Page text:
Monday, June 26, 2023

Sunday, June 25, 2023

Shitty Pizza and Wynton Marsalis

Shitty Pizza

Sometime in the 1980s, New York City slice pizza began sucking. It was an open secret that the mob was forcing everyone to buy their supplies - gluey, tasteless cheese and sweet, pasty sauce. Or else.

A very few bastions enjoyed exemptions for various reasons. Others bought the crap ingredients and threw them away so they could use proper fixings (explaining the puzzlingly high prices in, ahem, certain beloved pizzerias). There sprung up a profusion of "brick oven" places ("no slices!") desperate to work around the monopoly.

No one, to my knowledge, has ever mentioned this in print since a couple brave souls mumbled a few things in the early 1980s (and no one's ever made that last connection, ever). In fact, there was a time when I'd have taken a substantial risk in writing this. You can scour the Internet, and mum's pretty much the word. Which leaves me seeming like a raving paranoid loony.

Because, at this point, the company, which still dominates NYC slice pizza supplies, is considered terrific by foodies who know none of this history. Their crap ingredients are widely considered the good stuff. The serious providers from the 1970s, of course, are all long gone and forgotten.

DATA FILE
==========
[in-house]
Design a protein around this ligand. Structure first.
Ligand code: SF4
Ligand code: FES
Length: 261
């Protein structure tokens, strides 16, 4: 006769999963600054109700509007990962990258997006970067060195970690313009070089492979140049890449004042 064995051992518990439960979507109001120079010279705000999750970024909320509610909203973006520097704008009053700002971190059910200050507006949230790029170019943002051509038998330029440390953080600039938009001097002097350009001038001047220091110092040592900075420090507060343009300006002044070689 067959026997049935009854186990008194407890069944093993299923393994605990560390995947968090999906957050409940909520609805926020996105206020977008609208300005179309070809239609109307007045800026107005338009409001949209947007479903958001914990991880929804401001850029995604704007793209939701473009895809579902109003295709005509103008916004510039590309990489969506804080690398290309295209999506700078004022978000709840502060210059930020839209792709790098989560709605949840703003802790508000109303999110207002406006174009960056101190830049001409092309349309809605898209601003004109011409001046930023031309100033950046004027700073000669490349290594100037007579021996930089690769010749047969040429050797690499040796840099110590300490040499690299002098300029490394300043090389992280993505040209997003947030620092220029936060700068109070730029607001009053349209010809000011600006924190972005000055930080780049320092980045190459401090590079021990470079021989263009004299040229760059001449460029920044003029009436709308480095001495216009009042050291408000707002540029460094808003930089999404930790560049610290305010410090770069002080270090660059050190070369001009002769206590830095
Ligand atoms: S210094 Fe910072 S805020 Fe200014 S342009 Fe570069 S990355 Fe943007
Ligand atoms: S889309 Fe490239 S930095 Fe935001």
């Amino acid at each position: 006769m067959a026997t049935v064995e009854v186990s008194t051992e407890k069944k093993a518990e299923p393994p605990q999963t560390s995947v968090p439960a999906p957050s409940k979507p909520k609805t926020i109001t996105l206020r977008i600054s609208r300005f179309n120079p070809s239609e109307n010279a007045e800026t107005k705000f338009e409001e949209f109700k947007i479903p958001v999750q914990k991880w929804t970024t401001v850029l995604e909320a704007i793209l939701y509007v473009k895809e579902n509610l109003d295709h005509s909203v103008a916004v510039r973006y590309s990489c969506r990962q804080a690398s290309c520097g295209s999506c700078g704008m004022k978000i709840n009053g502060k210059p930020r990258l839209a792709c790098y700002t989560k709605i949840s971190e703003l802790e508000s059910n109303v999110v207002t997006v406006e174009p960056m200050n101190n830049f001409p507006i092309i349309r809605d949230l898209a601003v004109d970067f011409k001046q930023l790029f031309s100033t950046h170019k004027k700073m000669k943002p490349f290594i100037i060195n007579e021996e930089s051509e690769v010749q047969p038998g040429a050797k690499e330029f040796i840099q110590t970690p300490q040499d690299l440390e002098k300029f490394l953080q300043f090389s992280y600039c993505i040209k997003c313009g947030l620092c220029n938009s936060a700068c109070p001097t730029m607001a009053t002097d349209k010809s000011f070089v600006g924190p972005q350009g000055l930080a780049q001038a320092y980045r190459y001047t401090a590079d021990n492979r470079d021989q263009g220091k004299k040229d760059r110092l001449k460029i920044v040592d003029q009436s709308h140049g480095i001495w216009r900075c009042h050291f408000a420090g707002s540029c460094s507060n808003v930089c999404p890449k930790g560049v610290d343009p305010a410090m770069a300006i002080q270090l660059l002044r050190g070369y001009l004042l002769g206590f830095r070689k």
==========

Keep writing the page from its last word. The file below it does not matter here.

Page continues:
I feel gaslit. So many of us watched, forlorn, as quality sharply dropped, but, decades later, all is well, and foodies far and wide crow about how FANTASTIC New York City slice pizza is.

Wynton Marsalis

When Wynton Marsalis first came to prominence in the early 1980s, nearly the entire jazz community despised his playing. Despite his connection to a father (Ellis Marsalis) with impeccable jazz credentials, Wynton played like, well, a conservatory-trained white dude. Slick and superficial. No soul. No swing. Remarkable virtuosic chops (technique), for sure, but jazz is about feel, not the showing off of instrumental skills. I remember when Wynton began to pretend to miss notes - intentionally - in order to sound less slick. Yikes. He fooled audiences, but certainly not musicians.

Wynton went on to attain a position of such pivotal power that few musicians and writers would bad-talk him. You can find rather strident anti- commentary from the 1980s (and this fabulous on-the-money analysis by Keith Jarrett), but criticism went suddenly silent around 1996 when Wynton assumed leadership of Lincoln Center Jazz. In fact, I sound weirdly cranky saying any of this. What sort of jazz lover dislikes Wynton Marsalis?

Wynton never got any better. But, at this point, most people both inside and outside the music view him as the consummate jazz musician. Irreproachable. The real deal.

If you don't like New York City slice pizza, you don't like pizza. And if you don't like Wynton Marsalis, you don't like jazz. It's "category" stuff, and there's logic there. When your baseline is nonexistent, the relevence of your opinion is zero.